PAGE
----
Looking back at 2019 and despite the trade war and the current COVID-19 outbreak crisis, many China experts believe that US and EU manufacturers will not be packing up and leaving China anytime soon.
Diversifying away from China or expanding manufacturing operations in other countries and the U.S. is an option, given the current climate, but certainly companies have to weigh costs, time, and understand that moving the supply chain will carry its own risks and uncertainties.
Despite ongoing financial and operational challenges in their supply chains, very few companies appear to shift operations or sourcing beyond their China strategy, infrastructure, and investment. Sixty-eight percent of companies said they expect China operations to recover from coronavirus-related disruptions within three months, and all respondents believed a return to normal would be complete within 12 months.
Supply chain experts from leading consulting firms have pointed to supply chains that diversified during the trade war as being better prepared to handle coronavirus-related disruptions. It’s interesting to see that industry survey results found 84% of respondents had no plans to move production or operations to another region of China or outside the country due to COVID-19 and 74% said they had no plans to shift sourcing.
China trade experts are saying that China appears moving ahead of the global curve when it comes to restarting the economy following varying levels of lockdown. China appears to be capable of moving their manufacturing base forward in this global pandemic and this is what many executives view as the primary reason why companies are in China in the first place.
Trade and management consulting leaders see many companies adopting a ‘China + 1’ strategy as a way to diversify supply chain risks while continuing to target China market opportunities.
China+1 refers to companies focus on China remaining the primary manufacturing source for a company while it will slowly diversify capabilities based on benefits to specific operations but does not move the whole supply chain.
While the state of U.S. manufacturing has drastically declined over the years many companies seem to think it was either too soon to tell whether the pandemic would shift their long-term China strategy, or that it has not changed their approach at all.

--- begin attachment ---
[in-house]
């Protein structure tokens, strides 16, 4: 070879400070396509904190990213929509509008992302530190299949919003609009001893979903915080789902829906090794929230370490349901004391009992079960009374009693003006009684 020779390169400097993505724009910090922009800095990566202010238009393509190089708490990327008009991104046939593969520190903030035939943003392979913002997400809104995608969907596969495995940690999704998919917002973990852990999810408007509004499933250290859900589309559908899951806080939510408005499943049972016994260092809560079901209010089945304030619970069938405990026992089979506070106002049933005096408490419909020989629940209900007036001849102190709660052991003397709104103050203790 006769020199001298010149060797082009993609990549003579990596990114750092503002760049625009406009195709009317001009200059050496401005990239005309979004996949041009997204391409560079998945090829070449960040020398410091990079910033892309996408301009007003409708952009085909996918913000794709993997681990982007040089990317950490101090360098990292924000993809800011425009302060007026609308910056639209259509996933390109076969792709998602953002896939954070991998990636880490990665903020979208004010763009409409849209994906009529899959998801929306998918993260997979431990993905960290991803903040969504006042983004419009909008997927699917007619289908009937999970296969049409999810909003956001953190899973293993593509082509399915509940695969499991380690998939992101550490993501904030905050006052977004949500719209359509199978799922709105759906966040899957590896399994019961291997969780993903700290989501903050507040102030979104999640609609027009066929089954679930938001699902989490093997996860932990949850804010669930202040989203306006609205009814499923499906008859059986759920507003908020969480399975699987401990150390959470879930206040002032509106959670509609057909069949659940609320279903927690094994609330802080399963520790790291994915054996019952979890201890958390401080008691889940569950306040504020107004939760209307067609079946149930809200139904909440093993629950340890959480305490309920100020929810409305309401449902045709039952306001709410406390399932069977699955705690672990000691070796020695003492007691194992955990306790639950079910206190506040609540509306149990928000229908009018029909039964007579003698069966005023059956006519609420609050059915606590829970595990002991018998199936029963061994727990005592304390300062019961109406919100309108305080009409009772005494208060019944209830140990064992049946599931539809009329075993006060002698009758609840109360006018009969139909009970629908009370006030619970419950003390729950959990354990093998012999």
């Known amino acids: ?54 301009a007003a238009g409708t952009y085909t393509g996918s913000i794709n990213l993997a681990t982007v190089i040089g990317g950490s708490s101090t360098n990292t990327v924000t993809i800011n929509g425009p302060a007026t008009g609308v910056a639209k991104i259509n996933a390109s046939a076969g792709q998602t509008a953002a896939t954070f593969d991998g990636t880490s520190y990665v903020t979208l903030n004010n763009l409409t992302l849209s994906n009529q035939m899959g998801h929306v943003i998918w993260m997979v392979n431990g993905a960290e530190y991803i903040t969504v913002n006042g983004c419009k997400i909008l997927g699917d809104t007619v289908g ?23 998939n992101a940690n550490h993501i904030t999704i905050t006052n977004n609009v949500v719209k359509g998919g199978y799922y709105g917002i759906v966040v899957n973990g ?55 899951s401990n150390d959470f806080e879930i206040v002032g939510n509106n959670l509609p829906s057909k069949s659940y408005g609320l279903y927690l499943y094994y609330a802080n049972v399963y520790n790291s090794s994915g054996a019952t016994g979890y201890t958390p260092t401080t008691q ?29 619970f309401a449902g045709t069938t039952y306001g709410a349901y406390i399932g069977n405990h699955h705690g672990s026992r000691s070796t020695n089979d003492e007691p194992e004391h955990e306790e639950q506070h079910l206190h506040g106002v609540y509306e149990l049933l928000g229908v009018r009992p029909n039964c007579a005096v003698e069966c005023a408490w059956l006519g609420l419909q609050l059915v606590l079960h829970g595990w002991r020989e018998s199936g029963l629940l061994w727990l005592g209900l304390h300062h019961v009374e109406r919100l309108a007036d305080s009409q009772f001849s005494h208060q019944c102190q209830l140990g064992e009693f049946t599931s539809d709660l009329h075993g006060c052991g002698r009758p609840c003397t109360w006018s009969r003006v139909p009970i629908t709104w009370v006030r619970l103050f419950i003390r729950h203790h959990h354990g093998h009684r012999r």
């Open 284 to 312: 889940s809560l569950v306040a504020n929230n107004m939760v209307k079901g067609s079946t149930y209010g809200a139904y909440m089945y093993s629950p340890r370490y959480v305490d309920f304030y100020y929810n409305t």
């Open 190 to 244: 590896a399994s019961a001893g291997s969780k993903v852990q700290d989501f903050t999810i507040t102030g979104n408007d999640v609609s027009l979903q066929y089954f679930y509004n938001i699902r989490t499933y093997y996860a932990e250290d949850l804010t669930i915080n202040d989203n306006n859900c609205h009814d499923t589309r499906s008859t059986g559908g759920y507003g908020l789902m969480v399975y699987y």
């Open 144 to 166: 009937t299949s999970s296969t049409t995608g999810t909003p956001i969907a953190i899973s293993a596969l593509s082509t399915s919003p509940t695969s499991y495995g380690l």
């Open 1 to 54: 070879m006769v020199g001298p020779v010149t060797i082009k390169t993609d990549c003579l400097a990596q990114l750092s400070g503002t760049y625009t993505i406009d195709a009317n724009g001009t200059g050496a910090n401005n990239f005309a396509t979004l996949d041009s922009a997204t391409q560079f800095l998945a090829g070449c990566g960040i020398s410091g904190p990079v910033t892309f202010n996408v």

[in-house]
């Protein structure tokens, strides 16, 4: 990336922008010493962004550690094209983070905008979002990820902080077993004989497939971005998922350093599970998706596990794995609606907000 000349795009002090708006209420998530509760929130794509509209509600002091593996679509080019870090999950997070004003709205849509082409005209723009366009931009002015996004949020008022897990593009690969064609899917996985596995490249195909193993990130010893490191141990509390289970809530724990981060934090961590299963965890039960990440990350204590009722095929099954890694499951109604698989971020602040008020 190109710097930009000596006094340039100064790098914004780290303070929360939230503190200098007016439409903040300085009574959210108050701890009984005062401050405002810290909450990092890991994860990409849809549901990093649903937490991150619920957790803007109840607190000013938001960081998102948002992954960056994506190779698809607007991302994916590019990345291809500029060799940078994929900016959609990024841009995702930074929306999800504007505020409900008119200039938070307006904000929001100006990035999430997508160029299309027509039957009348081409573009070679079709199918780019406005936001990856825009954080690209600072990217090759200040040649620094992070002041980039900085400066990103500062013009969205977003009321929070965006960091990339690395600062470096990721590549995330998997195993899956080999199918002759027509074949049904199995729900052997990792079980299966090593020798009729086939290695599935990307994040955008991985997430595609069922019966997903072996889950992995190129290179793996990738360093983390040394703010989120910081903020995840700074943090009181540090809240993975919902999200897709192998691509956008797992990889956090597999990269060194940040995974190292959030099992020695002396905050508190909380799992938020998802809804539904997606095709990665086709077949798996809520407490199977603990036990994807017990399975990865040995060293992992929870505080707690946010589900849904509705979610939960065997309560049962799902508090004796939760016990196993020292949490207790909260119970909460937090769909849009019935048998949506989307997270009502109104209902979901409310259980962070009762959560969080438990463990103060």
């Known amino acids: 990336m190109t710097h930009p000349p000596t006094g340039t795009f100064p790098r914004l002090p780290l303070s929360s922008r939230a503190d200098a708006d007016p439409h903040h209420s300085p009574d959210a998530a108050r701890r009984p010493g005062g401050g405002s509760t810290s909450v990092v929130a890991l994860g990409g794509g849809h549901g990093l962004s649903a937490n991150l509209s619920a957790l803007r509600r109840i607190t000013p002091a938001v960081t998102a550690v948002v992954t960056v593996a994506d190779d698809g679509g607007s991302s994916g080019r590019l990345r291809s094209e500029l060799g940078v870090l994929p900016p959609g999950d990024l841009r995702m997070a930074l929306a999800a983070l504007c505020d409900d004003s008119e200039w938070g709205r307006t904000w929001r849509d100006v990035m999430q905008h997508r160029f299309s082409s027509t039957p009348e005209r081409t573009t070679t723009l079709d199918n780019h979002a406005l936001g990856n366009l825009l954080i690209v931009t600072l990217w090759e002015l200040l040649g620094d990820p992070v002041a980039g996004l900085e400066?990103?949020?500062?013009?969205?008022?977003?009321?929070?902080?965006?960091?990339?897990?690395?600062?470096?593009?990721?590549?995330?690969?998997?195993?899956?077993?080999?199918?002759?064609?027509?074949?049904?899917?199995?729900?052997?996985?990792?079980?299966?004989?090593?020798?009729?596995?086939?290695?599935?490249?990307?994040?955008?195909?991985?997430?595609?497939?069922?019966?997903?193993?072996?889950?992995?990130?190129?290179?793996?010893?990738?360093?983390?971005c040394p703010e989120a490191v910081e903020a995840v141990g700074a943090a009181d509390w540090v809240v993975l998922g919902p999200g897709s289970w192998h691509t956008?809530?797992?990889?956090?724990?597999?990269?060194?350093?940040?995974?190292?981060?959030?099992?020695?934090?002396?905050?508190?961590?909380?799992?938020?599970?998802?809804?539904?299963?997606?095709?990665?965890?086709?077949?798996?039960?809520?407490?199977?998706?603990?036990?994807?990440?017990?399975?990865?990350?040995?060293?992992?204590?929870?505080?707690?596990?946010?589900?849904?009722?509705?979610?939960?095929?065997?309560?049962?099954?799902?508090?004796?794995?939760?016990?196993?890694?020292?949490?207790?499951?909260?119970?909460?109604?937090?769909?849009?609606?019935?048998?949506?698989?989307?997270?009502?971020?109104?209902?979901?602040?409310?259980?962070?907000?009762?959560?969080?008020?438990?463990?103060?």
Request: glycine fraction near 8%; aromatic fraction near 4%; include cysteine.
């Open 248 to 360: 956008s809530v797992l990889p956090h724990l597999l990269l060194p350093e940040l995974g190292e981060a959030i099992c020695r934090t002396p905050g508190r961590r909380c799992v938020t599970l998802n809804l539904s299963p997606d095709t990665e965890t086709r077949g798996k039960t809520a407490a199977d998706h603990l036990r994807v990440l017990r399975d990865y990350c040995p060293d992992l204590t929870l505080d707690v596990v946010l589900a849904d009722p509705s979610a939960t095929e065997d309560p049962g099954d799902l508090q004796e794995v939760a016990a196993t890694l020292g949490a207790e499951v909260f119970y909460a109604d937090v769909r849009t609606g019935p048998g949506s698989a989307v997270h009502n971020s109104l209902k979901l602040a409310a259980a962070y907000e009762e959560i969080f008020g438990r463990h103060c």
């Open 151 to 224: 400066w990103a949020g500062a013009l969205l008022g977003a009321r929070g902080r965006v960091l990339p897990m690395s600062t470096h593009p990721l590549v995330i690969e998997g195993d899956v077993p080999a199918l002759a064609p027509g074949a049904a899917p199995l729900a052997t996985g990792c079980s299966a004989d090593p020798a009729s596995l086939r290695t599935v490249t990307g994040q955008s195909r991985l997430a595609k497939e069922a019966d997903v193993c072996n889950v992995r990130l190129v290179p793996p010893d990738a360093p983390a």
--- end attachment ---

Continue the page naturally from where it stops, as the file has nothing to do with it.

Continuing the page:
Currently, moving goods through and out of China is the primary concern for all manufacturers there and operating at a limited capacity and insufficient labor availability.
The Institute for Supply Management found supplier lead times have increase over 222% in China and 200% in the U.S. due to the ongoing effects of the coronavirus outbreak, according to a survey of 559 primarily U.S.-based companies conducted March 17-30.
No doubt, this can affect operations at U.S. factories that are waiting on critical parts and is also a challenge for firms that need to export components from the U.S. to China for final assembly as transportations costs have increased drastically.
These factors have all come to a head as the economy slides into what the International Monetary Fund is calling “the Great Lockdown” becoming the most substantial downturn since the Great Depression.
As a result, regardless of whether businesses diversified away from, or stayed the course in China, as global supply chains slow down with the economy, many supply chain experts expect the downturn to continue over the next couple of months until China, EU, and the U.S. begin to fully rebound.
In this time of unprecedented strain on companies supply chains, organizations now need to reassess their supplier relationships and evaluate new potential vendors!
Modevity Investigative Due Diligence Services provide actionable intelligence for risk avoidance in detailed reports that assist companies in assessing their supply chain.
Modevity supply chain audit services can assist you in protecting your company’s financial position, its operations, and its reputation going forward. Our staff of veteran investigators can provide timely and actionable intelligence on your entire supply chain. Allowing you to get on with what is important.